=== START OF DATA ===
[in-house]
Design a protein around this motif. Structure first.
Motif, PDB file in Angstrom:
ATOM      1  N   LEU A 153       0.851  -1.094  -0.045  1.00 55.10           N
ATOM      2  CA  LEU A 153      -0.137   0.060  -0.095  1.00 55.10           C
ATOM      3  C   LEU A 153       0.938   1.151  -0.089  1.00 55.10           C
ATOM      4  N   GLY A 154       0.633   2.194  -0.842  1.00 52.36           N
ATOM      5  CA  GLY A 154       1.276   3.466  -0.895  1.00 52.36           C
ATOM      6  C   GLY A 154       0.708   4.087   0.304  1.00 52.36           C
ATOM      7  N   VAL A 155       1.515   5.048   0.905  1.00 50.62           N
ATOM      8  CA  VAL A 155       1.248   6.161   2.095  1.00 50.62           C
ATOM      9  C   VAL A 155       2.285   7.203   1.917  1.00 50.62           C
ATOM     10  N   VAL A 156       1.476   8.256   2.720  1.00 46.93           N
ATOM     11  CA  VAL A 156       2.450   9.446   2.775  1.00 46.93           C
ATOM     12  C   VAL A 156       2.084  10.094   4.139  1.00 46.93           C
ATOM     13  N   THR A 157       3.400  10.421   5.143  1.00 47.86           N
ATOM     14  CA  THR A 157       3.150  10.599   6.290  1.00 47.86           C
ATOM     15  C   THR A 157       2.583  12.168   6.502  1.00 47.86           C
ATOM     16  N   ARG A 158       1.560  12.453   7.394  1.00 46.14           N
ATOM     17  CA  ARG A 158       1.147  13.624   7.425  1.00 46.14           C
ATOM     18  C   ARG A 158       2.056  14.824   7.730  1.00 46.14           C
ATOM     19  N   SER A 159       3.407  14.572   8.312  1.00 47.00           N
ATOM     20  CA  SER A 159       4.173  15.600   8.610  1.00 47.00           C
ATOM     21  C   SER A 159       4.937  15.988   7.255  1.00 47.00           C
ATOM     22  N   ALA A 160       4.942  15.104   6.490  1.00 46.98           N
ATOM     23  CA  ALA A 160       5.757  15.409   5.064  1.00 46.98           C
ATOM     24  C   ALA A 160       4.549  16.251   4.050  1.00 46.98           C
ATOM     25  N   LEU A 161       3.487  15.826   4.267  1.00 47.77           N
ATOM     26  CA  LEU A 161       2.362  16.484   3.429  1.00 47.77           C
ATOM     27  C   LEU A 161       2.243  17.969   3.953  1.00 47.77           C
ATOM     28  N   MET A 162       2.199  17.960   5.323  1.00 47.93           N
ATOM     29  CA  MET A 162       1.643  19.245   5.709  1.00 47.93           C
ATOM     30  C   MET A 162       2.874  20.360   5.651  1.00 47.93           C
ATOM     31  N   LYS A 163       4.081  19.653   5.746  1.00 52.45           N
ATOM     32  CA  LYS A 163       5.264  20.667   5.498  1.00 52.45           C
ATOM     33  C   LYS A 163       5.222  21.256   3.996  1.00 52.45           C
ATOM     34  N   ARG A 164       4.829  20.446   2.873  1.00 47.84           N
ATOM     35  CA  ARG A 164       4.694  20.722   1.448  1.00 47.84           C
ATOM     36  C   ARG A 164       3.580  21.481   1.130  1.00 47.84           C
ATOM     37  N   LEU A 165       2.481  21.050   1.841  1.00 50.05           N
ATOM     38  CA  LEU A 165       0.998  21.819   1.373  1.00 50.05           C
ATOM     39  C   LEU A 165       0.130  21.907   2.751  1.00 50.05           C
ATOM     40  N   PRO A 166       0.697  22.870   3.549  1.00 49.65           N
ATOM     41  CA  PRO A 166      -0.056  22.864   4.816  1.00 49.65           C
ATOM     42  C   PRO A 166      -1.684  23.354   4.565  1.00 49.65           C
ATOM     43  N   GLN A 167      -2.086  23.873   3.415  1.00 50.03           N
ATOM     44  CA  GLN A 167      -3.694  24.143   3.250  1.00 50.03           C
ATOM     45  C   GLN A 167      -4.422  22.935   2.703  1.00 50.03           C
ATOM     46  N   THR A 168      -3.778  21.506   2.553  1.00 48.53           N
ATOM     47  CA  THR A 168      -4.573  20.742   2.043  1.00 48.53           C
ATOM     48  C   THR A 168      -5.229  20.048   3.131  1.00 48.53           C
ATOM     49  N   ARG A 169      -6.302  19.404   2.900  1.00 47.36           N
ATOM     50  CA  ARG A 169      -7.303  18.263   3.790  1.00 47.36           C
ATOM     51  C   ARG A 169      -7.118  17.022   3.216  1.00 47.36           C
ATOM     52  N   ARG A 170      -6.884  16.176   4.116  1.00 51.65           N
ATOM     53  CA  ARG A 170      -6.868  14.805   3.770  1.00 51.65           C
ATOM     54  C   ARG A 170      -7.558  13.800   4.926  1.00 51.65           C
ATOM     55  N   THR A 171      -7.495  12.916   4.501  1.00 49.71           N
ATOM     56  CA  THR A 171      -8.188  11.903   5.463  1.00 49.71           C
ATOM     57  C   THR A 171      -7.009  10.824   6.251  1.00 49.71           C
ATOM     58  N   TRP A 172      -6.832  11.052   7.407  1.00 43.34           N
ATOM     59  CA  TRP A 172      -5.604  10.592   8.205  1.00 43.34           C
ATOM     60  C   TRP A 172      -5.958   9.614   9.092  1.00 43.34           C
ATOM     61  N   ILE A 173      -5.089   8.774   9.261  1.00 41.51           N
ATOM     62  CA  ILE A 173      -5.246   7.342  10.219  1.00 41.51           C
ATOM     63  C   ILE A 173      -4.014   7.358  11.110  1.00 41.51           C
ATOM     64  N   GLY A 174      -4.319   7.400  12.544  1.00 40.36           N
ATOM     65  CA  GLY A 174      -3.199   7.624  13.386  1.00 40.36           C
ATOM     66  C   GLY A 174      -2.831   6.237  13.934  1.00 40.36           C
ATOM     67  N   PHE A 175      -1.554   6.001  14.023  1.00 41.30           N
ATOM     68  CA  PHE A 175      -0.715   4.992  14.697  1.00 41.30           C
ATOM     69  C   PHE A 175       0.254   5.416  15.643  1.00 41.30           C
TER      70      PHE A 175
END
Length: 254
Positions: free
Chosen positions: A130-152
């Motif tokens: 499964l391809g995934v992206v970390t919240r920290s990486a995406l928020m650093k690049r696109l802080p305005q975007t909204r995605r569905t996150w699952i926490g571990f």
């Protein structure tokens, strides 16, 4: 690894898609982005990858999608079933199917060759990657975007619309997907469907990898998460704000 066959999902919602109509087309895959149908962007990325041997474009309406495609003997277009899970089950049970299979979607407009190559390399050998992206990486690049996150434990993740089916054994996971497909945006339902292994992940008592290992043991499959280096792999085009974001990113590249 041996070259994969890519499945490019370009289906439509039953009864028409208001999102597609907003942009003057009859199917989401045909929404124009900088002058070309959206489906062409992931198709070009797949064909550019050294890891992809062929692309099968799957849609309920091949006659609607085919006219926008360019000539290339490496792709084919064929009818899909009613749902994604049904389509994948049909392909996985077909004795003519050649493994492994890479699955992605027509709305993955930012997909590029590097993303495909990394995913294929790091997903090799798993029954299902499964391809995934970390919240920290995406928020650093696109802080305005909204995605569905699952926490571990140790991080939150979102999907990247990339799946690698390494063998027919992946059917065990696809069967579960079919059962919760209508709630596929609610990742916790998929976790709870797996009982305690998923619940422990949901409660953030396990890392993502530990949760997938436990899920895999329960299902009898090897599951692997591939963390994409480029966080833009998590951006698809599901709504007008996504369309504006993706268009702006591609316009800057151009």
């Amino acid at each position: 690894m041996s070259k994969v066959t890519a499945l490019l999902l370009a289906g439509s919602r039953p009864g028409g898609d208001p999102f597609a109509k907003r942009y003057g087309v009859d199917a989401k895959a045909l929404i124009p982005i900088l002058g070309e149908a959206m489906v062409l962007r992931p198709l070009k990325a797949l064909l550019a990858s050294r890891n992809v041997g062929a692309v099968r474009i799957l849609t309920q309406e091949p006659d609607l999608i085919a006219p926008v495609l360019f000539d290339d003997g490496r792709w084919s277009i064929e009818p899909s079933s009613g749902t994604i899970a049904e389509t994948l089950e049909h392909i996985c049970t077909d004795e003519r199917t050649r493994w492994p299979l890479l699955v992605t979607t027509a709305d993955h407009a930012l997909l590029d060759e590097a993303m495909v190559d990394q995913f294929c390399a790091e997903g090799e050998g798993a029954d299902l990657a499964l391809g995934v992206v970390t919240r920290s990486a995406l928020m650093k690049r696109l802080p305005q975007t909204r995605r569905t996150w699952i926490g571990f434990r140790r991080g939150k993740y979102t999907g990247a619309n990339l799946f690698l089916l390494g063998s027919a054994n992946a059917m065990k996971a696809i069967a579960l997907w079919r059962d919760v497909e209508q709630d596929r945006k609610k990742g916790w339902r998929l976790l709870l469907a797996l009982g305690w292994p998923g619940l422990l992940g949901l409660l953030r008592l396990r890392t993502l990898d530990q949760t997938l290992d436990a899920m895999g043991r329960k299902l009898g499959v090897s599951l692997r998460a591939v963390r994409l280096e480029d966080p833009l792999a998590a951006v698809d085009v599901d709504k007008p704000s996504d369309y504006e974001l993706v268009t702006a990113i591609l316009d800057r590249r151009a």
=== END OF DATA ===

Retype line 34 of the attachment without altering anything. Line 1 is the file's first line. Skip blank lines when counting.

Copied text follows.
ATOM     31  N   LYS A 163       4.081  19.653   5.746  1.00 52.45           N